Celebrate Christmas, if you must. Remember, good human fellowship is the best gift. Perhaps take a moment to contemplate the spiritual. If you live long enough and do enough, you learn there are some really profound mysteries out there. Where logic and reason can do no more, all that’s left is faith.

You could join me in rooting for Scrooge to stick to his principals. It did take a bunch ghosts to wear him down. Still, awoken by ghosts in the middle of night, no wonder the poor guy snapped.

Merry Christmas



  1. Have a cool Yule, Sixbears. If it weren't for the children I wouldn't "celebrate". I prefer just enjoying the bonfire.

  2. My 2 favoritest gifts: the album from Grandma Macy and the Medicine Shield from Mom. I told Matt today, I don't want to start Em on the "list for Santa" kick. Gifts should be a pleasant surprise, if at all. We're gonna stop giving his family a list for us, too, I think. My favorite Christmas memories are of Christmas Eve at Memere and Peperes, just being together as a family. But see, Scrooge didn't even want that until the end. So you're not a true Scrooge.

  3. Momlady: thanks.

    Jess: I'm glad you remember Christmas at your great grandparents. Love you.

  4. A Christmas Carol, 1951 version, is not only my favorite Holiday movie, it is my all time favorite movie. Scrooge is my hero. The one and ONLY decoration I put out is a small, hand made sign that says "HUMBUG". Jesus is the reason for the season. Not presents, lights, balls, trees and such. It's so commercilized, and seems to get worse each year.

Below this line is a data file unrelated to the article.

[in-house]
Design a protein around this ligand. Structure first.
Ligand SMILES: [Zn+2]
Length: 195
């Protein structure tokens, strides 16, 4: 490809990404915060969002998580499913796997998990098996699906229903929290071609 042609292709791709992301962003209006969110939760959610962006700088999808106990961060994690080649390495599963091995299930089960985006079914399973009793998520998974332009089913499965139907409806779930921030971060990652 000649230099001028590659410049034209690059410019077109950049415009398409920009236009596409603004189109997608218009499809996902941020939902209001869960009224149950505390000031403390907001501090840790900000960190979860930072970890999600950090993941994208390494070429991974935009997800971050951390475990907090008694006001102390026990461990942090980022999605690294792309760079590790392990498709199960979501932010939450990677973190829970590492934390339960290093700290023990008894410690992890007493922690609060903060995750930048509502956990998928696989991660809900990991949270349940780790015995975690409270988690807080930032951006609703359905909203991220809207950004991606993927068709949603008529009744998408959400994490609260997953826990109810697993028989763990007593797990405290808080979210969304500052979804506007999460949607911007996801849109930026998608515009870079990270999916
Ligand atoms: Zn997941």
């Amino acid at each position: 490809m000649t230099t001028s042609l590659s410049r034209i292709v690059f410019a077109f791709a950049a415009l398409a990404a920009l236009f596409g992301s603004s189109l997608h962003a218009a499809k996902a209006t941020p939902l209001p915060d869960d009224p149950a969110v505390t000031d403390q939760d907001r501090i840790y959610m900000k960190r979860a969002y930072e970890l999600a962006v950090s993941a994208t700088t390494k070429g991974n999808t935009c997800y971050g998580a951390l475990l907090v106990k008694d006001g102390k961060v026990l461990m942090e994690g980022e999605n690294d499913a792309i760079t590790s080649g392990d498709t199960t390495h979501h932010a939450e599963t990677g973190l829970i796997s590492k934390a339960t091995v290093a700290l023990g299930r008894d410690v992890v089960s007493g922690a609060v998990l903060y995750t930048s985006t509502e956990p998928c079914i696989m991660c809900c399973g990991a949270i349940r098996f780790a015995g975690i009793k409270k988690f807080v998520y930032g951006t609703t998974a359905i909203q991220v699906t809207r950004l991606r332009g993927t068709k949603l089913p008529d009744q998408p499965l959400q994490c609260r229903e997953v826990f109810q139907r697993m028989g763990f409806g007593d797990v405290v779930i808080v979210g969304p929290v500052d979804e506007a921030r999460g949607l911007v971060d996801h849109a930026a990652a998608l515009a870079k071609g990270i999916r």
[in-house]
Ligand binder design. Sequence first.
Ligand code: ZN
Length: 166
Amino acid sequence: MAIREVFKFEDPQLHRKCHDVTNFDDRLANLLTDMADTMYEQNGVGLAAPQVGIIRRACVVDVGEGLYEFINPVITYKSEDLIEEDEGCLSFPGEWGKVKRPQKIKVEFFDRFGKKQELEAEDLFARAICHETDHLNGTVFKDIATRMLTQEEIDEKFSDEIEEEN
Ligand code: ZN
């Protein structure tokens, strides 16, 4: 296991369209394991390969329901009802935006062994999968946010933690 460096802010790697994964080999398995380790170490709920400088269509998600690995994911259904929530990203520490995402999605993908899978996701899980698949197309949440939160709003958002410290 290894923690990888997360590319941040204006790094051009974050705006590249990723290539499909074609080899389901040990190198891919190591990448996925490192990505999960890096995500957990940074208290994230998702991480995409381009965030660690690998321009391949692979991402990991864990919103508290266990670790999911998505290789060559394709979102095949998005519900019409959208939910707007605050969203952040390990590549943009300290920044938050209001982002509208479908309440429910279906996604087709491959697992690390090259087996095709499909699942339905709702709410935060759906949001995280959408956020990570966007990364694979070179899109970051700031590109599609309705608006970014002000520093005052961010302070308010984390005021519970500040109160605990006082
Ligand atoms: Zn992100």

5. My condolences for you and your family's loss Sixbears. I've concluded that a part of life is finding things and people you love, only having to say good bye to them to early. Just a part of life.

    Christmas is too commercial, I agree. Advertising would have us believe its all buying gifts - they leave out the family part of it entirely.

  6. Nice post. Thought you'd enjoy this...

  7. I just started my own tradition of cooking a Prime Rib for Christmas and New year's eve for my parents party on those days.
    Next year Mom wants to do gifts that are homemade or bought from a thrift store. I hope we can sell the family on the idea!

  8. Hi Stephen: The days of free fuel are just about over. I'm still getting mine free from a good local source. Much harder to fine on the road, even when I'm willing to pay for it.

    Adventures: two good new traditions!

  9. Good food, good friends and family, a little 'nog and rum... That's all I want for Christmas.

    On a side note, I saw a hilarious picture (can't find it now, grrrrr...) of a house with elaborate Christmas lights. The house next door had "DITTO" spelled in lights with an arrow pointing to the fancy display. Laughed my butt off!

  10. Craig: You want the right things

    Saw the same picture. Laughed my butt off too.